27 May 2013

Day 224: Justice and Human Rights - Part 4 - Social Justice: Merits and Deserts

When Aristotle discussed the concept of Justice - he spoke of remedial or corrective justice, which specified how to punish offenders of the law, but he also spoke of distributive justice, where he asked how much each one should get of what, or: how should resources be justly distributed? Aristotle's concept of distributive justice is what is currently known under the term 'social justice'. It is thus not a 'new' concept, but one that has been occupying the minds of people since the ancient period.

We'll have a look at three principles that are often put forward as a basis for 'just' distribution of resources:
1. The principle of merit and desert
2. The principle of need
3. The principle of equality

The principle of merit and desert states that people should be treated according to what they deserve. Material rewards should only be handed out to the deserving. When someone receives something they didn't deserve or when someone doesn't receive something they DO deserve, an injustice occurred in this view.

The question that arises here, of course is: What constitutes a merit?

Is the fact that someone is more talented a basis on which to provide them with more material wealth? Does the person deserve this or is a person's talent merely a matter of luck or chance, and so - not part of one's merit? But then, what about those people who have a talent that they developed themselves through hard work, something they did not have a natural disposition towards, but a skill they developed until they became talented in it? And then - how to distinguish between natural endowments and merits?

Or does merit have to do not so much with how much one contributes by virtue of one's talents, but based on how much effort a person puts in. Here - two people who are equally productive may not be rewarded the same way, because for one it was a struggle while for the other it was a breeze. So - then, the reward-system of distribution based on deserts would create incentive for individuals to place themselvs in positions of struggle just so they could 'earn more'. But is that the kind of life you would encourage for individuals? And - if each one acts accordingly, by choosing a profession or a task they struggle at most - will this really produce the best results for society as a whole?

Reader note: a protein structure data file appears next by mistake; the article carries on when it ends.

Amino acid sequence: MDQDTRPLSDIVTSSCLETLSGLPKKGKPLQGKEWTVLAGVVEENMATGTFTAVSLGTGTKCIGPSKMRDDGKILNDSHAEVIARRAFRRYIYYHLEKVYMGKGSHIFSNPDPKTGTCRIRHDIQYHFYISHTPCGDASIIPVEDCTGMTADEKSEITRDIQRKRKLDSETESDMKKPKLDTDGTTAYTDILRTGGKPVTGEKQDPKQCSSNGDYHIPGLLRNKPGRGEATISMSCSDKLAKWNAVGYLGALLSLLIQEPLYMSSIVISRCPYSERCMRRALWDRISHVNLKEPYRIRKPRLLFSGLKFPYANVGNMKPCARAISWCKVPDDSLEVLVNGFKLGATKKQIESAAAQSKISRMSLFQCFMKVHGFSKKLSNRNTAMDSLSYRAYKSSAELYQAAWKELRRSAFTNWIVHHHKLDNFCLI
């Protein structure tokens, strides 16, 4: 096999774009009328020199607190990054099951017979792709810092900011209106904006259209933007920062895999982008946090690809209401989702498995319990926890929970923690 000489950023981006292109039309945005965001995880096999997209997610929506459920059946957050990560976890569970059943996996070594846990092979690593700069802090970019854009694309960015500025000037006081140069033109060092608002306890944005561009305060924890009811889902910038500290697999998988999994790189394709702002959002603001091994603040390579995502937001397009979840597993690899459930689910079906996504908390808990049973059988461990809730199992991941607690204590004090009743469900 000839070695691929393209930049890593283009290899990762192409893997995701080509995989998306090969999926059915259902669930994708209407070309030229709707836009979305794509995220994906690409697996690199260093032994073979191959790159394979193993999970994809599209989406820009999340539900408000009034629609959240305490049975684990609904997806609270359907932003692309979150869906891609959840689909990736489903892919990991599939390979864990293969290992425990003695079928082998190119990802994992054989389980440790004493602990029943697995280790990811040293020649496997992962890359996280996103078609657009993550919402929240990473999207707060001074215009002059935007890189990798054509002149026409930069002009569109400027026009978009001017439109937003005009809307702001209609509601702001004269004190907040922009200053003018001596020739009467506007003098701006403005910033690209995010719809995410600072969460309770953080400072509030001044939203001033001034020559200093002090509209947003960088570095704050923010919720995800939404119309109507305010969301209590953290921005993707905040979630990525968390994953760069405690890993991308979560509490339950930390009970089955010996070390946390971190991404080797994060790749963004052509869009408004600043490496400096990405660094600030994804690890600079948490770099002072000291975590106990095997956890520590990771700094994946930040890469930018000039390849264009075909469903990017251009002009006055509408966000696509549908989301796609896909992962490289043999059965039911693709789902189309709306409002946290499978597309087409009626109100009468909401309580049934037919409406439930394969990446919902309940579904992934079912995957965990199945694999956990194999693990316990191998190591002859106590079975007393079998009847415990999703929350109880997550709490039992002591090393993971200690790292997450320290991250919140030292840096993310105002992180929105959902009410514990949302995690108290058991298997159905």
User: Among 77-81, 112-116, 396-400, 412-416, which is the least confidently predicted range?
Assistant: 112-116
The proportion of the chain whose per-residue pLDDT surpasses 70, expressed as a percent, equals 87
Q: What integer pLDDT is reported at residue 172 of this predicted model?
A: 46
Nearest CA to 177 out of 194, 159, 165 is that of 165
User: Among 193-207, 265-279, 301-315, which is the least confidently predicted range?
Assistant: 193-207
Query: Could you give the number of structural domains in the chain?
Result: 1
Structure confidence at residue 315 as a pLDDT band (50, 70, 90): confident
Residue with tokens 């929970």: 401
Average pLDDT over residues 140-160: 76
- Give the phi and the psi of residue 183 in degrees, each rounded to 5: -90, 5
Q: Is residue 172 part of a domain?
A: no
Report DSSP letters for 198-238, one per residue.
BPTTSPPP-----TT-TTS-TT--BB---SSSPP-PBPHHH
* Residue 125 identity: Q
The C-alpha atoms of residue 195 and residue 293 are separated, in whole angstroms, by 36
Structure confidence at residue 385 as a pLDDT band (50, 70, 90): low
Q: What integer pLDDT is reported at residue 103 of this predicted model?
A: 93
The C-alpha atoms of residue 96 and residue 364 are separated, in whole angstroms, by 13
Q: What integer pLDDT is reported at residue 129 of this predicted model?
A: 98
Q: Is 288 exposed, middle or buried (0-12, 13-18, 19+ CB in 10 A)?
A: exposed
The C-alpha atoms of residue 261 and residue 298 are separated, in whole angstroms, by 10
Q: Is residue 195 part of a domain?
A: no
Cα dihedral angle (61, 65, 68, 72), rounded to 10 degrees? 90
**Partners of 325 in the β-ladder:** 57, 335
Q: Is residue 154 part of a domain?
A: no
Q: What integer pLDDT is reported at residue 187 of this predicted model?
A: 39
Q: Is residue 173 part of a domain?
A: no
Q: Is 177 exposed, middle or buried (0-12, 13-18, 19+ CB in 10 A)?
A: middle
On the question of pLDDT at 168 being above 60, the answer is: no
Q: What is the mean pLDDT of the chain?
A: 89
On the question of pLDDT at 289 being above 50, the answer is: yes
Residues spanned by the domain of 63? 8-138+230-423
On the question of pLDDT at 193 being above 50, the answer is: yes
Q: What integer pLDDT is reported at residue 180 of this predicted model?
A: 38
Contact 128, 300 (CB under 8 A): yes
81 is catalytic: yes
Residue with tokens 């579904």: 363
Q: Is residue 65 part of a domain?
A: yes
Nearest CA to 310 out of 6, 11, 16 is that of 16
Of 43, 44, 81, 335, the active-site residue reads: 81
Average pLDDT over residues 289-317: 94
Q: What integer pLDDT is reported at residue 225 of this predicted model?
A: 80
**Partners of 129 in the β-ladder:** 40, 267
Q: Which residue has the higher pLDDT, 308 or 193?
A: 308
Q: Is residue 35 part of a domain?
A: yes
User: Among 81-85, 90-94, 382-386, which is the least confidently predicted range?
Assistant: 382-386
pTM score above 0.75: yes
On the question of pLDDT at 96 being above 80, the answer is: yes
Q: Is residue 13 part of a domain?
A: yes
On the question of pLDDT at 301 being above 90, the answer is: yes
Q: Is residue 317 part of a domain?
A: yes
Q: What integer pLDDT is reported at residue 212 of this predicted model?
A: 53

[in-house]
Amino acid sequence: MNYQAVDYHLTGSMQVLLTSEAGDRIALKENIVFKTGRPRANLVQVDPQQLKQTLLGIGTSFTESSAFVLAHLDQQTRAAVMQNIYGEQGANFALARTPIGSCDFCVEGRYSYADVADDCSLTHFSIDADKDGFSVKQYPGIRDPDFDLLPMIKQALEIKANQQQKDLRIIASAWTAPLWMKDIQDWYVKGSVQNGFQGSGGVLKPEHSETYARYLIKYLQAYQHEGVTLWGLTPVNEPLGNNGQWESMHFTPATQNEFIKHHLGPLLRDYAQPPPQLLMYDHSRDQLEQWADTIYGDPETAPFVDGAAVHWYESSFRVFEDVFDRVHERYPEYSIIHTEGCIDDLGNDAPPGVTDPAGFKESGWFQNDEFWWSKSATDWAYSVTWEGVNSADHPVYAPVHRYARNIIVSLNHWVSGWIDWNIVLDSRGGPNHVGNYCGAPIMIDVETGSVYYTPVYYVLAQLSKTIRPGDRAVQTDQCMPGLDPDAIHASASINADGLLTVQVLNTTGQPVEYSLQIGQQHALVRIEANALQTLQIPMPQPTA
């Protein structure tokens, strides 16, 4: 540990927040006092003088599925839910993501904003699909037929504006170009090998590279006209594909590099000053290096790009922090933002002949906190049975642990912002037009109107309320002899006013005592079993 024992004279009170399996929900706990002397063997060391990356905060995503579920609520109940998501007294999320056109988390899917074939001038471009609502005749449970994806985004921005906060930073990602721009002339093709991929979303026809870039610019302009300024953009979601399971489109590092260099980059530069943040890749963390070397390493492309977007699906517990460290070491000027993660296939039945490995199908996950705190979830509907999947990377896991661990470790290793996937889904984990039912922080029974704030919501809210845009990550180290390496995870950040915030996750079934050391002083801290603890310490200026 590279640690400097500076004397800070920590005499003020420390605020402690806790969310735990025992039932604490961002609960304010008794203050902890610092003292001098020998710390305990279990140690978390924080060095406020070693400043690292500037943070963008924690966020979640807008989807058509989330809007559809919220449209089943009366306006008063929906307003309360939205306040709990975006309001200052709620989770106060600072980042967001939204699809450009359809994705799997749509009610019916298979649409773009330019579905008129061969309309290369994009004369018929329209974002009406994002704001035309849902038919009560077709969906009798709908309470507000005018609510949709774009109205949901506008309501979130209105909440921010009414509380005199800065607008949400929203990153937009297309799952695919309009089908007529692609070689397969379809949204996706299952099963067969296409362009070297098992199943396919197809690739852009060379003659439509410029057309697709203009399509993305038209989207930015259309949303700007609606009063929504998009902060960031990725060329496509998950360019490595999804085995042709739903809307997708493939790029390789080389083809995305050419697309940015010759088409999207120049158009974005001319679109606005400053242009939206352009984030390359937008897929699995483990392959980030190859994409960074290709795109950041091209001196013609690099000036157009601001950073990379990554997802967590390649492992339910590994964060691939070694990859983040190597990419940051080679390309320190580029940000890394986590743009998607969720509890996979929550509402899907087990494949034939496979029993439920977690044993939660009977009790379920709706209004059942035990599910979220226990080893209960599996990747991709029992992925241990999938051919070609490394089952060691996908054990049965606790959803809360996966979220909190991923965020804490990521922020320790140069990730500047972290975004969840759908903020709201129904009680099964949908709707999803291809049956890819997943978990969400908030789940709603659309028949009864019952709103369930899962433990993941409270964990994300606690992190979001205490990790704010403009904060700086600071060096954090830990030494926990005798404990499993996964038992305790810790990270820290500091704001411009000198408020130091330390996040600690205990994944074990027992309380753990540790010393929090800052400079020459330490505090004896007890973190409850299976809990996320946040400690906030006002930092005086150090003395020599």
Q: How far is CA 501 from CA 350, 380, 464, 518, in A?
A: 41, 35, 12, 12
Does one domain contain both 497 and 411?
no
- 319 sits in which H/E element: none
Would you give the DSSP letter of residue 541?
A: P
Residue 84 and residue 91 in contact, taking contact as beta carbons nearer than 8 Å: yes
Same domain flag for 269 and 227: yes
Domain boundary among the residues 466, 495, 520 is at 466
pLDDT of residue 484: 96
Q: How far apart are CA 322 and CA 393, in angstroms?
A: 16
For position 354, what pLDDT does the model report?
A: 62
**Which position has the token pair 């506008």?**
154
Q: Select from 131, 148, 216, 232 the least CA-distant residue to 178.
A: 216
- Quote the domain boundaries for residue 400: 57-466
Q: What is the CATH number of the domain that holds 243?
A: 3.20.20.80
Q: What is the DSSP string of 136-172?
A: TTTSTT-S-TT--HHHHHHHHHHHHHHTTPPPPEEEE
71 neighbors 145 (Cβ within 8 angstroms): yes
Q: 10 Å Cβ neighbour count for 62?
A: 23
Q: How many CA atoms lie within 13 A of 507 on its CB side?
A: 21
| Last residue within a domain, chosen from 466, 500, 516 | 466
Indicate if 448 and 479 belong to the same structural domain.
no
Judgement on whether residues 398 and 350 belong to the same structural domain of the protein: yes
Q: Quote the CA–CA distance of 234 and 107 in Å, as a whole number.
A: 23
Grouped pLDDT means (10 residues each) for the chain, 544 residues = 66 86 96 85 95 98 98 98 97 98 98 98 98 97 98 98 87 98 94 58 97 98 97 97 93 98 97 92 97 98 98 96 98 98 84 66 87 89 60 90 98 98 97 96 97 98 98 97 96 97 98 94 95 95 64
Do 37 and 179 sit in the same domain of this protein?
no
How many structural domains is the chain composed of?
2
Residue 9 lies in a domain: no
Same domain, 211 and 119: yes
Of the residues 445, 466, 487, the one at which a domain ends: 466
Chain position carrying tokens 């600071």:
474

According to liberalists, the free market is the best system to evaluate merit and desert, where prices and wages determine what a person's contribution is worth to others in society. Yet - herein is not considered that most successful businessmen or businesswomen are not so because of 'merit' or 'desert', but because of privileged backgrounds, because of heritage, because of luck and because of socio-economic access to opportunities. And a classic example I like to use is: who deserves the highest pay: the mineworker who physically works every day or the CEO of the mining company whose most strenuous effort is to place a signature here and there? What is often argued is that the CEO has an investment to lose, and therefore is putting more on the line - but then the counterargument is of course: is the mineworker not putting his life on the line and is the CEO's investment worth as much as his own life?

Liberalists like to pretend that the free market models are perfect for assessing the merit of individuals in how much they contribute to society, but they are actually merely using these models to justify why such huge inequality exists - where they can say: 'Well, you're worse off because that's what you deserve'. And then difficult-sounding jargon is used and graphs are presented that apparently prove their point - but the truth of the matter is: the free market system is not based within merit - it is merely based within competition - and herein, the system does not consider who works harder or who deserves more - it does not make such value judgments - it simply balances opposing forces and then ends up somewhere in between.

Others of a more socialist orientation propose a planned economy, where a person's merit is directly measured by a public institution, such as a government. However, the problem still remains in objectively stipulating the conditions under which we are now speaking of merit and whether such merit-based system will provide the most favorable resutlts.

Psychologically speaking, deserts are linked to a person's expectations. If a person expects to receive high material rewards and then does not receive them, a perception of unjust deprivation will arise, whereas - if a person has adjusted its expectations to previous patterns and as such, does not expect much, may not feel as though they are being deprived of what they deserve - simply because the expectation pattern is different. However, does that mean that the one person is really being deprived and the other not? Is there an objective way of establishing just reward versus unjust deprivation or are these concepts too much influenced through relative perception?

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